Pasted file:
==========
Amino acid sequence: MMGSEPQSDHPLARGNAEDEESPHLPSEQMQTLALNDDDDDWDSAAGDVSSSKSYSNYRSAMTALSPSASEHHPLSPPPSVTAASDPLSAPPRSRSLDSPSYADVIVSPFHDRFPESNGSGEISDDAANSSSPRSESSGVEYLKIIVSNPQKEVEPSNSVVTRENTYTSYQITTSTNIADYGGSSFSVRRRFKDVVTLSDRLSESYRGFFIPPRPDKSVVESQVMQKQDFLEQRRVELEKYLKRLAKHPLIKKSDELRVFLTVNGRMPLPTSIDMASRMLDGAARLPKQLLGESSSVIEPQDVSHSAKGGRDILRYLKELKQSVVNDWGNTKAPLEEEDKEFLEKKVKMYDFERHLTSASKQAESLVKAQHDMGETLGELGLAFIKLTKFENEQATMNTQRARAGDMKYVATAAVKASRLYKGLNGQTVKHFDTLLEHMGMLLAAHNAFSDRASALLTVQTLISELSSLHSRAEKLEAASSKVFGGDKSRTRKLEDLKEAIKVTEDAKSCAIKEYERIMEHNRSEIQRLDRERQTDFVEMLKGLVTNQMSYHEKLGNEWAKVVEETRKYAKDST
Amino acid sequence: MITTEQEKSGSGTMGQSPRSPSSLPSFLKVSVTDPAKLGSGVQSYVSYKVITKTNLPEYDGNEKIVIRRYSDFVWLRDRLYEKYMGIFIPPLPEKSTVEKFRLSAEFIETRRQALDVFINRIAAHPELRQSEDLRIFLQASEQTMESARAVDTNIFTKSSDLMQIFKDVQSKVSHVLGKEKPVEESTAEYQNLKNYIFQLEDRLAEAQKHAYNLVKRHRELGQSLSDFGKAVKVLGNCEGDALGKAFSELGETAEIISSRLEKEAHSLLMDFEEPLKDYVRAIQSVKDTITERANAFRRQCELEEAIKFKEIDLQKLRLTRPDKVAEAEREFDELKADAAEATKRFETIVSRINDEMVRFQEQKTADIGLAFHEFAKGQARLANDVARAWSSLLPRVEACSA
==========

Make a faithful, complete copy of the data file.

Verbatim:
Amino acid sequence: MMGSEPQSDHPLARGNAEDEESPHLPSEQMQTLALNDDDDDWDSAAGDVSSSKSYSNYRSAMTALSPSASEHHPLSPPPSVTAASDPLSAPPRSRSLDSPSYADVIVSPFHDRFPESNGSGEISDDAANSSSPRSESSGVEYLKIIVSNPQKEVEPSNSVVTRENTYTSYQITTSTNIADYGGSSFSVRRRFKDVVTLSDRLSESYRGFFIPPRPDKSVVESQVMQKQDFLEQRRVELEKYLKRLAKHPLIKKSDELRVFLTVNGRMPLPTSIDMASRMLDGAARLPKQLLGESSSVIEPQDVSHSAKGGRDILRYLKELKQSVVNDWGNTKAPLEEEDKEFLEKKVKMYDFERHLTSASKQAESLVKAQHDMGETLGELGLAFIKLTKFENEQATMNTQRARAGDMKYVATAAVKASRLYKGLNGQTVKHFDTLLEHMGMLLAAHNAFSDRASALLTVQTLISELSSLHSRAEKLEAASSKVFGGDKSRTRKLEDLKEAIKVTEDAKSCAIKEYERIMEHNRSEIQRLDRERQTDFVEMLKGLVTNQMSYHEKLGNEWAKVVEETRKYAKDST
Amino acid sequence: MITTEQEKSGSGTMGQSPRSPSSLPSFLKVSVTDPAKLGSGVQSYVSYKVITKTNLPEYDGNEKIVIRRYSDFVWLRDRLYEKYMGIFIPPLPEKSTVEKFRLSAEFIETRRQALDVFINRIAAHPELRQSEDLRIFLQASEQTMESARAVDTNIFTKSSDLMQIFKDVQSKVSHVLGKEKPVEESTAEYQNLKNYIFQLEDRLAEAQKHAYNLVKRHRELGQSLSDFGKAVKVLGNCEGDALGKAFSELGETAEIISSRLEKEAHSLLMDFEEPLKDYVRAIQSVKDTITERANAFRRQCELEEAIKFKEIDLQKLRLTRPDKVAEAEREFDELKADAAEATKRFETIVSRINDEMVRFQEQKTADIGLAFHEFAKGQARLANDVARAWSSLLPRVEACSA